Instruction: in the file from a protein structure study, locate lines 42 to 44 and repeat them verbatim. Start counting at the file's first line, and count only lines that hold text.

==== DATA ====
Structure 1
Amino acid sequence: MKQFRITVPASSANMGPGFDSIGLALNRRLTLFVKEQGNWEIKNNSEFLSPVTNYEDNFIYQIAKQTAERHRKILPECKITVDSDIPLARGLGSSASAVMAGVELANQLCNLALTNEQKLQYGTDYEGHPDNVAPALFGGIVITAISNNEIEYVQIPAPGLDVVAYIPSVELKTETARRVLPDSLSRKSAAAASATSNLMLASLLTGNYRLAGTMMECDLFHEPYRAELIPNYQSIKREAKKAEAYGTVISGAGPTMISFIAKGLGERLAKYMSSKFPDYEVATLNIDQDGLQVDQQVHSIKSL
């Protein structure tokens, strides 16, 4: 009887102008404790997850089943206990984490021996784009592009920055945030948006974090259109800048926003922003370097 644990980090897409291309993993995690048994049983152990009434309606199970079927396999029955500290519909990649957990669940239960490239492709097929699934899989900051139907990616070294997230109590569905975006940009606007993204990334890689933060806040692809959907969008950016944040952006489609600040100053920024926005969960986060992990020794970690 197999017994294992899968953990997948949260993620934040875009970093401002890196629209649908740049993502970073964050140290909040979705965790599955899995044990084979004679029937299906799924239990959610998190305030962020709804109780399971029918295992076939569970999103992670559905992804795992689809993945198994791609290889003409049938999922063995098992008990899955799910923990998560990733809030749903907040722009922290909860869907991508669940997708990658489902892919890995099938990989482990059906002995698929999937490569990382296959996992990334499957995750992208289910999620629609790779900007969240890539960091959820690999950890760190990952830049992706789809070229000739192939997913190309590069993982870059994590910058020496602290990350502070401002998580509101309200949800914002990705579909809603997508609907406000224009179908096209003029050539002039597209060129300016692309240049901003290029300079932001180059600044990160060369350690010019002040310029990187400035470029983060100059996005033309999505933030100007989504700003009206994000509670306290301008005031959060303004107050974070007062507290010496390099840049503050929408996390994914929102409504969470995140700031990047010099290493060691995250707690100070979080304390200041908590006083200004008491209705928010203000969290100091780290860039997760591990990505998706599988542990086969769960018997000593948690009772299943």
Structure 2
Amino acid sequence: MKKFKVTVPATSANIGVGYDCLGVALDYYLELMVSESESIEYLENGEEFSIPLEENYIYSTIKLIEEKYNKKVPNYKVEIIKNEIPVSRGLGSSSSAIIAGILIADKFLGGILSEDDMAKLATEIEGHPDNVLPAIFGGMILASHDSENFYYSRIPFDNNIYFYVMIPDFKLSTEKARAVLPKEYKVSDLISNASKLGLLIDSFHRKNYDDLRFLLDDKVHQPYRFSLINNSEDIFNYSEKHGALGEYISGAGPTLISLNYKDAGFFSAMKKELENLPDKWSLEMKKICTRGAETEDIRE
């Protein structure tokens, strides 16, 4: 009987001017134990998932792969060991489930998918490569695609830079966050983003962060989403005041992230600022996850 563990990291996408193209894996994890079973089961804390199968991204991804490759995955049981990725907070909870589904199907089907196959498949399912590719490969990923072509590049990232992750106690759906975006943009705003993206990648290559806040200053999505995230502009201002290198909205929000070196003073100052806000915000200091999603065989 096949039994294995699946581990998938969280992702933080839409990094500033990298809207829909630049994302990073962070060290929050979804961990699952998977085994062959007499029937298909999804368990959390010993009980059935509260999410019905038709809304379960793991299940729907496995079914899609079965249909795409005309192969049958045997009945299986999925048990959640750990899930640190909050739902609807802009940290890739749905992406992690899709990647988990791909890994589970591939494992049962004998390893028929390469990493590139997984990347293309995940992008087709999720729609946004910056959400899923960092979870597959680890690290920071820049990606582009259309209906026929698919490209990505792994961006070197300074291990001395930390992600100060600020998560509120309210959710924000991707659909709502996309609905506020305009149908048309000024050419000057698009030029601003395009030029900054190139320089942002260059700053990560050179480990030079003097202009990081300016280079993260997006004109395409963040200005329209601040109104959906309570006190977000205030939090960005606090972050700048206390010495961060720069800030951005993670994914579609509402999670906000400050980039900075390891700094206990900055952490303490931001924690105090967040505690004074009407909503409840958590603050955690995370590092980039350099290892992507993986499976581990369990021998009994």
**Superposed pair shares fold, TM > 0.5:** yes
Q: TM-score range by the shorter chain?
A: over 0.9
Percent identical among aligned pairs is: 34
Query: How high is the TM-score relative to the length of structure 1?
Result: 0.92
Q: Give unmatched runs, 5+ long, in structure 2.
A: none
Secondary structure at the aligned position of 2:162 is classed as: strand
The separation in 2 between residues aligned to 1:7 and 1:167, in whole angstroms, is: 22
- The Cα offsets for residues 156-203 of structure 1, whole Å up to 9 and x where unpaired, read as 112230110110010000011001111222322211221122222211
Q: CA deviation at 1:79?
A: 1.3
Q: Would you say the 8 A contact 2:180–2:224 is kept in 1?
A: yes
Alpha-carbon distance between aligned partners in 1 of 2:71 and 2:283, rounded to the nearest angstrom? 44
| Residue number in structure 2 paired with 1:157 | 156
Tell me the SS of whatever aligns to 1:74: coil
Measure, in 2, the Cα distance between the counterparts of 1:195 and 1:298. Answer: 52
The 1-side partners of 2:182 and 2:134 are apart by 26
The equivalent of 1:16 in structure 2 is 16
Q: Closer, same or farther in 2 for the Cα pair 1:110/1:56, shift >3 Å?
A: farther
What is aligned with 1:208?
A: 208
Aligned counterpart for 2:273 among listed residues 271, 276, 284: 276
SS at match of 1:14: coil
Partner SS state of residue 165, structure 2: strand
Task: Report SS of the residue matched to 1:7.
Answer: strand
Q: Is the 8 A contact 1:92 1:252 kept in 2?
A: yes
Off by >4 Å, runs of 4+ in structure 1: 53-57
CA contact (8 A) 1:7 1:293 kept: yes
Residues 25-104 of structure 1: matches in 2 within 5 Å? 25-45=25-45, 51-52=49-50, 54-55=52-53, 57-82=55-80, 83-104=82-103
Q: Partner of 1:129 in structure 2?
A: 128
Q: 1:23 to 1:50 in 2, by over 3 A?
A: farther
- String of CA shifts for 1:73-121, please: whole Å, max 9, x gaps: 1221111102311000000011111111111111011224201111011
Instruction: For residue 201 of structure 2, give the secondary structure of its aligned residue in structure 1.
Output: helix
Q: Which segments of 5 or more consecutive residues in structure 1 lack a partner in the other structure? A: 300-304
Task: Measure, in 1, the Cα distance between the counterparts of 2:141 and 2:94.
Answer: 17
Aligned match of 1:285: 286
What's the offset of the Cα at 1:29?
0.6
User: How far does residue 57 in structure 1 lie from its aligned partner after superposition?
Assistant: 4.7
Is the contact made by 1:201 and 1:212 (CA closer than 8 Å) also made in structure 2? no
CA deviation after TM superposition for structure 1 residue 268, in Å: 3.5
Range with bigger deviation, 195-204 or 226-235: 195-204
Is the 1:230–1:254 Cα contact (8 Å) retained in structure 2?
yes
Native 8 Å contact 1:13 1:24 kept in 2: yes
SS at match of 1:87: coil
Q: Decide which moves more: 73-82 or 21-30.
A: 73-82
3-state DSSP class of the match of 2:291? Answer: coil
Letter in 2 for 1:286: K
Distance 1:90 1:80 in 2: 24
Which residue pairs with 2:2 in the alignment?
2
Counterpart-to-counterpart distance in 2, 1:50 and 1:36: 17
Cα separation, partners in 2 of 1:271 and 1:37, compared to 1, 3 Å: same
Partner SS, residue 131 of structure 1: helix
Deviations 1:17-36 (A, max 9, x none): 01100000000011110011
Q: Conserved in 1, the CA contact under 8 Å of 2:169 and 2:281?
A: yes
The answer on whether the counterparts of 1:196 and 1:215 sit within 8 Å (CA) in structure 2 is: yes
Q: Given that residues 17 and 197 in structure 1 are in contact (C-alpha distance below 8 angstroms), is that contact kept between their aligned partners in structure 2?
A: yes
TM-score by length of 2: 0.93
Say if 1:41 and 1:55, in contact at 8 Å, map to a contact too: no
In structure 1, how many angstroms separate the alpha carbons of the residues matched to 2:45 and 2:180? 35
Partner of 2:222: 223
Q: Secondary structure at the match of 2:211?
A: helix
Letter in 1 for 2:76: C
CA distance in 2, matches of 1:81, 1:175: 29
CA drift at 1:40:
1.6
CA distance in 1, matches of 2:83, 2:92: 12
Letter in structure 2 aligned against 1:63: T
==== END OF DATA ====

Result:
Q: Partner of 1:129 in structure 2?
A: 128
Q: 1:23 to 1:50 in 2, by over 3 A?